Habitat modeling for conservation analysis using GIS and remote sensing in Lantau Island, Hong Kong
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AbstractKnowledge of spatial distribution of faunal species is crucial to prioritize conservation resources. While vulnerable or endangered species are usually well-protected, common species were always overlooked. Traditional survey represented species distribution by discrete points, which is precise but often limited in applicability for conservation analysis. This study combined remote sensing; geographical information analytical tools and well-established multivariate statistical modelling to predict habitats of fifty common and representative animal species. Reliable ground data records from terrestrial biodiversity survey were collected and ecological niche factor analysis was used to identify pseudo-absence sites essential for habitat statistical models. Binary logistic regression models and generalized additive models were used to predict the faunal habitats. Species-richness map was then produced to identify biodiversity hotspots and possible conservation gaps of the current conservation system. Results from gap analysis showed that only 1% of faunal species richness hotspots coincided with existing protected sites of special scientific interest (SSSI). 45% of species-rich sites were under-protected. The results not only identified deficiency of existing protection system, where extra conservation planning efforts should be considered, but also highlighted the direction for future development to minimize the land use conflicts. Integration of geoinformatics and statistical analysis with ecological knowledge assist timely conservation policy making.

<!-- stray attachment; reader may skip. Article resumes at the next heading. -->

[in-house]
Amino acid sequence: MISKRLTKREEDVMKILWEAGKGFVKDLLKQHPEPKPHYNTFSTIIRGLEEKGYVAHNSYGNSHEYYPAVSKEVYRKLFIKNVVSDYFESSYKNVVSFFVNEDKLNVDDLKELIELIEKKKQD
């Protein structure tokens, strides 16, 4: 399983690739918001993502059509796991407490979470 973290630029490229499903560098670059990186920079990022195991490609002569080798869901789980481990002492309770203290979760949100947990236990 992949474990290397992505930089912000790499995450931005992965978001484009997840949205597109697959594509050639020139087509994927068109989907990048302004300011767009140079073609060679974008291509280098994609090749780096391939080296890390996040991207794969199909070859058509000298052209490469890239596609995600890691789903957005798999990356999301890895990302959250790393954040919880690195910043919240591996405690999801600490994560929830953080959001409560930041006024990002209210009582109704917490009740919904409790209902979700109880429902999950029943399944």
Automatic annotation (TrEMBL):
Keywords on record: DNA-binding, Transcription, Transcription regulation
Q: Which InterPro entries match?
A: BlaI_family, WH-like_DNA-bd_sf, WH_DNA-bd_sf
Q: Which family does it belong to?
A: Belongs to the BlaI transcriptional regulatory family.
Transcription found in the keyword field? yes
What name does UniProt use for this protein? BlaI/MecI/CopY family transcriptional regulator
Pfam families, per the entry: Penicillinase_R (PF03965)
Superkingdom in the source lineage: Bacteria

All Author(s) ListFrankie K.K. Wong, Tung Fung
Journal nameUniversal Journal of Geoscience
Volume Number3
Issue Number4
PublisherHorizon Research Publishing
Pages146 - 170
LanguagesEnglish-United States
KeywordsEcological Niche Factor Analysis, Gap Analysis, Generalized Additive Model, Logistic Regression, Species Richness

Last updated on 2020-29-11 at 01:47